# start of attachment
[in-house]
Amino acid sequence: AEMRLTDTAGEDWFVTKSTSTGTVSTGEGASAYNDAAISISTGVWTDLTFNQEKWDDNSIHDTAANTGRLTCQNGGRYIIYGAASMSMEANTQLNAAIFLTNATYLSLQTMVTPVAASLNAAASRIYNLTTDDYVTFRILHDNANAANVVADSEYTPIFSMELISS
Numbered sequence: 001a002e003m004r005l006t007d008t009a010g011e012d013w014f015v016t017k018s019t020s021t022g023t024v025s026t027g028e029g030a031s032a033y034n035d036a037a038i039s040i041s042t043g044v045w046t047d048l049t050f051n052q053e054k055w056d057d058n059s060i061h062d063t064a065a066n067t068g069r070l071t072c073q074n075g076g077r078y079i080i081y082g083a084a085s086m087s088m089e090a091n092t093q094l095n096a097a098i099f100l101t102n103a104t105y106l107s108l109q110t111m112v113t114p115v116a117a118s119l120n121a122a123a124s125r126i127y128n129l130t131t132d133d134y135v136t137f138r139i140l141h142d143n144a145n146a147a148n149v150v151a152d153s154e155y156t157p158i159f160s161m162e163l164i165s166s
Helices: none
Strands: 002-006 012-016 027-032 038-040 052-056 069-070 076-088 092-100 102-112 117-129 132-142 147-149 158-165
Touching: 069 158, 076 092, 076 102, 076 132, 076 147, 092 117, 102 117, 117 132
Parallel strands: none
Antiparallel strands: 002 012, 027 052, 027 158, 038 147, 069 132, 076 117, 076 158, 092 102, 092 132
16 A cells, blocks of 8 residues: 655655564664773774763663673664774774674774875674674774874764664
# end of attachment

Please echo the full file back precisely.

[in-house]
Amino acid sequence: AEMRLTDTAGEDWFVTKSTSTGTVSTGEGASAYNDAAISISTGVWTDLTFNQEKWDDNSIHDTAANTGRLTCQNGGRYIIYGAASMSMEANTQLNAAIFLTNATYLSLQTMVTPVAASLNAAASRIYNLTTDDYVTFRILHDNANAANVVADSEYTPIFSMELISS
Numbered sequence: 001a002e003m004r005l006t007d008t009a010g011e012d013w014f015v016t017k018s019t020s021t022g023t024v025s026t027g028e029g030a031s032a033y034n035d036a037a038i039s040i041s042t043g044v045w046t047d048l049t050f051n052q053e054k055w056d057d058n059s060i061h062d063t064a065a066n067t068g069r070l071t072c073q074n075g076g077r078y079i080i081y082g083a084a085s086m087s088m089e090a091n092t093q094l095n096a097a098i099f100l101t102n103a104t105y106l107s108l109q110t111m112v113t114p115v116a117a118s119l120n121a122a123a124s125r126i127y128n129l130t131t132d133d134y135v136t137f138r139i140l141h142d143n144a145n146a147a148n149v150v151a152d153s154e155y156t157p158i159f160s161m162e163l164i165s166s
Helices: none
Strands: 002-006 012-016 027-032 038-040 052-056 069-070 076-088 092-100 102-112 117-129 132-142 147-149 158-165
Touching: 069 158, 076 092, 076 102, 076 132, 076 147, 092 117, 102 117, 117 132
Parallel strands: none
Antiparallel strands: 002 012, 027 052, 027 158, 038 147, 069 132, 076 117, 076 158, 092 102, 092 132
16 A cells, blocks of 8 residues: 655655564664773774763663673664774774674774875674674774874764664